NEW YORK (TheStreet) --New Jersey hasn't driven away Tesla, (TSLA), yet. The electric car manufacturer is asking the N.J. Superior Court to overturn a Department of Motor Vehicle's decision that prevents the company from selling cars directly to consumers.
The stock climbed more than 3% Wednesday after the news. And the rise had investors on StockTwits.com maintaining that the momentum darling of 2013 had regained its positive mojo after falling 13% in the past month.
Sentiment on the stock is 69% Bullish, according to StockTwits' analytics.
$TSLA Just checked in. Very pleasantly surprised. Keep it going.- alan goode (@alpagoode) Apr. 2 at 11:49 AM
Earlier this month the N.J. DMV ruled that all auto companies must sell through dealerships and offer vehicle service at sales centers. Tesla sells cars directly to consumers at glossy stores in high-end N.J. malls such as The Garden State Plaza Mall in Paramus and The Mall at Short Hills. The rule would not force Tesla to close stores, but it would turn them into stagnant show rooms where interested customers could only learn about the car and not complete a purchase.
Tesla CEO Elon Musk responded to the ruling with a scathing blog post accusing N.J. Governor Christie of putting the desires of the auto dealer lobby above consumers' best interests. Gov. Christie has said that he is only upholding the law.
It is not clear if the current DMV rule, as it stands, will really impact Tesla's business in the short term. There is currently a three-month wait to get a $60,000-plus Model S sedan. So it's not as though the appeal of a Tesla store was that it allowed customers to drive one off the lot. And N.J. customers can complete a purchase online and get the car delivered. Arguably, that's what many customers are already doing. Tesla also has test drive events throughout the state in which potential customers can take the sedan for a spin then go online and place and order.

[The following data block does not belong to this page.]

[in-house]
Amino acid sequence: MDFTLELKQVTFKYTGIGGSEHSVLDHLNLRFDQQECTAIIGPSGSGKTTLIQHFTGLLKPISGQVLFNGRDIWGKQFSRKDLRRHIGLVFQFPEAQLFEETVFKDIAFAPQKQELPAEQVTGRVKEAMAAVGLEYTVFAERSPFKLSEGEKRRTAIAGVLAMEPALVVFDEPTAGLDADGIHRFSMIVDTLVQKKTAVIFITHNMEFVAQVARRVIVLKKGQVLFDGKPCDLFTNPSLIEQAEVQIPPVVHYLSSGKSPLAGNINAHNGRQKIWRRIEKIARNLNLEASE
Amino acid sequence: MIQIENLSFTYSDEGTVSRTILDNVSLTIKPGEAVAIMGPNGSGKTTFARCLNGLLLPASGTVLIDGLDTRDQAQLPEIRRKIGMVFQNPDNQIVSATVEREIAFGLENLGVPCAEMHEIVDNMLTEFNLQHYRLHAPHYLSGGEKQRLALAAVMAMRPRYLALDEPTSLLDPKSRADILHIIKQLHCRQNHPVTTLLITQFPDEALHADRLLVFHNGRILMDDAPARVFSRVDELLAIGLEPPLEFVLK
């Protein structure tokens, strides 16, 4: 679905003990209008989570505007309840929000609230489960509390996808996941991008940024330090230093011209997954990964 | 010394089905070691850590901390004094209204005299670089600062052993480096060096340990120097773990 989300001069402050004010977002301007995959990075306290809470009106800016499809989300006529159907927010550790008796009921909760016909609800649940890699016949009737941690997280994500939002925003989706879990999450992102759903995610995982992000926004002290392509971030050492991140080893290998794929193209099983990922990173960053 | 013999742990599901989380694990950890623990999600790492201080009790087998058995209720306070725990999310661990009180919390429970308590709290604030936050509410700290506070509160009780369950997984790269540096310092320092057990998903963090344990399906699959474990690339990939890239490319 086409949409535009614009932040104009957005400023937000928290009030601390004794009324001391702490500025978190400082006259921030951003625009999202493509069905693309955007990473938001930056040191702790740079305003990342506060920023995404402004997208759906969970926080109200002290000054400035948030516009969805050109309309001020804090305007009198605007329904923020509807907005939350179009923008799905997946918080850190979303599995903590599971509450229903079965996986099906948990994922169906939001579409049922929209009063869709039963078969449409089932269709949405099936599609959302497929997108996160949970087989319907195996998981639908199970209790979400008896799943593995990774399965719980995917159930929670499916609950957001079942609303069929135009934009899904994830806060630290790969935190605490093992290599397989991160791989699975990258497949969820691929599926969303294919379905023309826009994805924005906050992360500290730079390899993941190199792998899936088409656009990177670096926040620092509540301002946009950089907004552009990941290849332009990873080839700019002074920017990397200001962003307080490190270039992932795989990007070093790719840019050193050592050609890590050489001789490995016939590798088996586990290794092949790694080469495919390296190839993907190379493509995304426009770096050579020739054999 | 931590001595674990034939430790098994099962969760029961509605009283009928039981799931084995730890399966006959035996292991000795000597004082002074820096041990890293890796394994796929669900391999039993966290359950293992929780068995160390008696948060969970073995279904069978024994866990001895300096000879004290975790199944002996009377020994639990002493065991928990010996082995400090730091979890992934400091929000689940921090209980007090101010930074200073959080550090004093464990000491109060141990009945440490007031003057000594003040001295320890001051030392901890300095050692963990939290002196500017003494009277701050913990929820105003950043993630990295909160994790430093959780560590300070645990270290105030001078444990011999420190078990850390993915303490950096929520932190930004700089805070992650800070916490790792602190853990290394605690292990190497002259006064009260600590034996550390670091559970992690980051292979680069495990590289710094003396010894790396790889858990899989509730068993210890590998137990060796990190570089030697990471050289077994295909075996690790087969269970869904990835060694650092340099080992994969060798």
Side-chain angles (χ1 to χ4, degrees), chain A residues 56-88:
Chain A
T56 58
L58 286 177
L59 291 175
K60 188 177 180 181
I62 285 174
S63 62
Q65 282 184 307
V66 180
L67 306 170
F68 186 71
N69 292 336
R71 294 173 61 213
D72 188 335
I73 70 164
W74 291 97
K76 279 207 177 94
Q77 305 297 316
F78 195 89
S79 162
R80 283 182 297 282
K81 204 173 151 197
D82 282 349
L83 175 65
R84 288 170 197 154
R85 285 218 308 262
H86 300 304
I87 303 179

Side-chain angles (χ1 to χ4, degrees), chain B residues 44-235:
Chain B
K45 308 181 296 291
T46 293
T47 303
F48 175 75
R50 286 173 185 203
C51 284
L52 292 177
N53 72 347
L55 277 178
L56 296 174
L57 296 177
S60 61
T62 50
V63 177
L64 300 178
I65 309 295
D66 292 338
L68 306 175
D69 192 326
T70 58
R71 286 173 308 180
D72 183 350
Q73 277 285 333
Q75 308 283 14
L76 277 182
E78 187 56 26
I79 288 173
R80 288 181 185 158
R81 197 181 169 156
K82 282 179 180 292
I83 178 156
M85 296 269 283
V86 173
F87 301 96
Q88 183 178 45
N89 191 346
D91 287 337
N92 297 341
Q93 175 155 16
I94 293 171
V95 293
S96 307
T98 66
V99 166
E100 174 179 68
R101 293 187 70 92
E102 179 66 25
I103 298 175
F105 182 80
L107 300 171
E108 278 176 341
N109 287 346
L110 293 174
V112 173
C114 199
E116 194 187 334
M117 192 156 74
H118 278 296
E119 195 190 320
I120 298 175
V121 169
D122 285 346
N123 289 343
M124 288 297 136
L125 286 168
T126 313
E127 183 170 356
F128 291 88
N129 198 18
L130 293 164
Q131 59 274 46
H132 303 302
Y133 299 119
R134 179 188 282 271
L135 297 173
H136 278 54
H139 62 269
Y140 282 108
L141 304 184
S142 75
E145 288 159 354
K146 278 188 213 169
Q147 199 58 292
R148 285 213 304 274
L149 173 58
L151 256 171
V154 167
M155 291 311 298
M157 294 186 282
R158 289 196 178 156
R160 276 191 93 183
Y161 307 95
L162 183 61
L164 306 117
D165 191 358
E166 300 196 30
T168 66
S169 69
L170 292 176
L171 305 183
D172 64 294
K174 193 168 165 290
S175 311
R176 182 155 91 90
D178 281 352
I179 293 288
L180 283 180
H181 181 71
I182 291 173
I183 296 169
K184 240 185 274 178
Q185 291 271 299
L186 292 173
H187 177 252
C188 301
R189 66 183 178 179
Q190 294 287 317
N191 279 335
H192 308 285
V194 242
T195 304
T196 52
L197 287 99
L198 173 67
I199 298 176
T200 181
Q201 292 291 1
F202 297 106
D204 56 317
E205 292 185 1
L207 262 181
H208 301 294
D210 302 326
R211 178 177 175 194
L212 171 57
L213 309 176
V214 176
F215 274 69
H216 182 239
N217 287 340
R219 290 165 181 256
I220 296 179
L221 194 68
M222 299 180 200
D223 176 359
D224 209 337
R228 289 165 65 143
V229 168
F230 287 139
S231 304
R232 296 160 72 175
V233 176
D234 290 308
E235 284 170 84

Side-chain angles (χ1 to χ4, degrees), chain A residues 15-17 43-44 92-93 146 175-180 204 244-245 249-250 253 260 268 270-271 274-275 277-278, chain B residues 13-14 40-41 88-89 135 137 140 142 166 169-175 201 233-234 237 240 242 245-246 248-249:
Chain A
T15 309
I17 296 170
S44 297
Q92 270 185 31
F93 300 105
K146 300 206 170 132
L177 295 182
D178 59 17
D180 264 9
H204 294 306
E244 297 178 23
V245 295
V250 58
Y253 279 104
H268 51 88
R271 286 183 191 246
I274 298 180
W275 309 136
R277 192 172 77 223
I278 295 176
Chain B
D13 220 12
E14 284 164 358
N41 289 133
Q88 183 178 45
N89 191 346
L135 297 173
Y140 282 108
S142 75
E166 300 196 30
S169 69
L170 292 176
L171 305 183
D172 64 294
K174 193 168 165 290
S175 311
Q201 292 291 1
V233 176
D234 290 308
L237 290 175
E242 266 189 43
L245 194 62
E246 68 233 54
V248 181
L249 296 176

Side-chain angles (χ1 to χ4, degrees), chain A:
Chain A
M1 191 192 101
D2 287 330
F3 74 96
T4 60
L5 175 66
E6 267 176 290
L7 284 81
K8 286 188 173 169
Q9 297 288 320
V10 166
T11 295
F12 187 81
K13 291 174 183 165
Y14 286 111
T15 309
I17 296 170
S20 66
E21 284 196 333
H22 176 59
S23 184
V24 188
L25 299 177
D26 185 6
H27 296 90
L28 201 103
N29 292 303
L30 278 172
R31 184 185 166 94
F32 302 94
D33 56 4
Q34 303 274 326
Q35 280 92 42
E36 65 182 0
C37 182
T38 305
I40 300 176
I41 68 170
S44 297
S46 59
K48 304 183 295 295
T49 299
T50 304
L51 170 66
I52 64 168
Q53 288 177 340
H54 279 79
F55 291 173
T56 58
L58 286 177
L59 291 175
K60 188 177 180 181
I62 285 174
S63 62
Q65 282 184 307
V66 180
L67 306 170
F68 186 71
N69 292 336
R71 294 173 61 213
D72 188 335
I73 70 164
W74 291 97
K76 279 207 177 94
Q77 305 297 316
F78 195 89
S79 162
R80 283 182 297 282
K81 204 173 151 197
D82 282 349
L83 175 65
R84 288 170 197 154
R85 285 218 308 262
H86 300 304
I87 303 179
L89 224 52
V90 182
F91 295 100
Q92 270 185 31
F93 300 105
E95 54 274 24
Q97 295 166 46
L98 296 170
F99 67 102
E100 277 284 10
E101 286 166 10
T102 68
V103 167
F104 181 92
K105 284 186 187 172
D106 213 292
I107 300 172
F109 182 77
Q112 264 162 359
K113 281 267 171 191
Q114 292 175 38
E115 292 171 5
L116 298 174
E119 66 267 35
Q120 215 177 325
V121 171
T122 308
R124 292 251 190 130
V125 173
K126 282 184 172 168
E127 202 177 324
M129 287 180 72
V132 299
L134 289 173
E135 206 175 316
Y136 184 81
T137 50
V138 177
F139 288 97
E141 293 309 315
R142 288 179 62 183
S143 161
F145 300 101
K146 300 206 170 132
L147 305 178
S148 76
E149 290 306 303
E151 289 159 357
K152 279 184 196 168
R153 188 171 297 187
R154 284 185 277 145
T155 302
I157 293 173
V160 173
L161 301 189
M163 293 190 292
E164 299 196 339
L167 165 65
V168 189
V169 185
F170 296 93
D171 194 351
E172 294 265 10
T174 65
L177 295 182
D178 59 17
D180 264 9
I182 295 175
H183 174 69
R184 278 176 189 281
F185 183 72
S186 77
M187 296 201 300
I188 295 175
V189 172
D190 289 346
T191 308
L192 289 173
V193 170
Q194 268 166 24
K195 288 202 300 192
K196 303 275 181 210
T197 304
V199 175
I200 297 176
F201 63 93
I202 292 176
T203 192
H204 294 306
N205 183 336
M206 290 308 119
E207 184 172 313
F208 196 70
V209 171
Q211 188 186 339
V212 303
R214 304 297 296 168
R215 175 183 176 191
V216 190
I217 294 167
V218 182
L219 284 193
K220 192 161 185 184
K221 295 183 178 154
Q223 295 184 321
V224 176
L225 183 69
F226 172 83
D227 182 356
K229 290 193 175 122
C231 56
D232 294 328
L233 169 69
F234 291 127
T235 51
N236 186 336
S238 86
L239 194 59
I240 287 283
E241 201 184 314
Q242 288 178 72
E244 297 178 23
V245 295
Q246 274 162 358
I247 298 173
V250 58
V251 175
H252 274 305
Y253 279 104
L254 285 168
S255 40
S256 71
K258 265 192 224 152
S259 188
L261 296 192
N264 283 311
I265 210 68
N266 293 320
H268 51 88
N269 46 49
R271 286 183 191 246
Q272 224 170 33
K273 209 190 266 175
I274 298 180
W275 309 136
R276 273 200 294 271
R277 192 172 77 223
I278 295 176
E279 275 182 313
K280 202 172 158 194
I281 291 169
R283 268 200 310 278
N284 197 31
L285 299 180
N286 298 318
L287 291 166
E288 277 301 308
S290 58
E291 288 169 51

Customers can also order, in person, in Manhattan. Though New York state is debating similar rules.
Longer term, a direct sales bans could impact Tesla's business. The company plans to produce a mass market electric car around the same time it gets its Gigafactory battery facility up and running in 2017. Such a car would battle more directly with other auto dealers and the ability to "drive one off the lot" might be needed to effectively compete. However, investors have faith that Elon Musk will prevail?particularly after seeing him in a 60 Minutes interview on Sunday.
$TSLA Finally got to watch the Elon Musk story on 60 Minutes from 3/30. Awesome, motivational, can't go to sleep now!- Brian M (@Chevelle70) Apr. 1 at 10:02 PM
At the time of publication the author held no positions in any of the stocks mentioned.
This article represents the opinion of a contributor and not necessarily that of TheStreet or its editorial staff.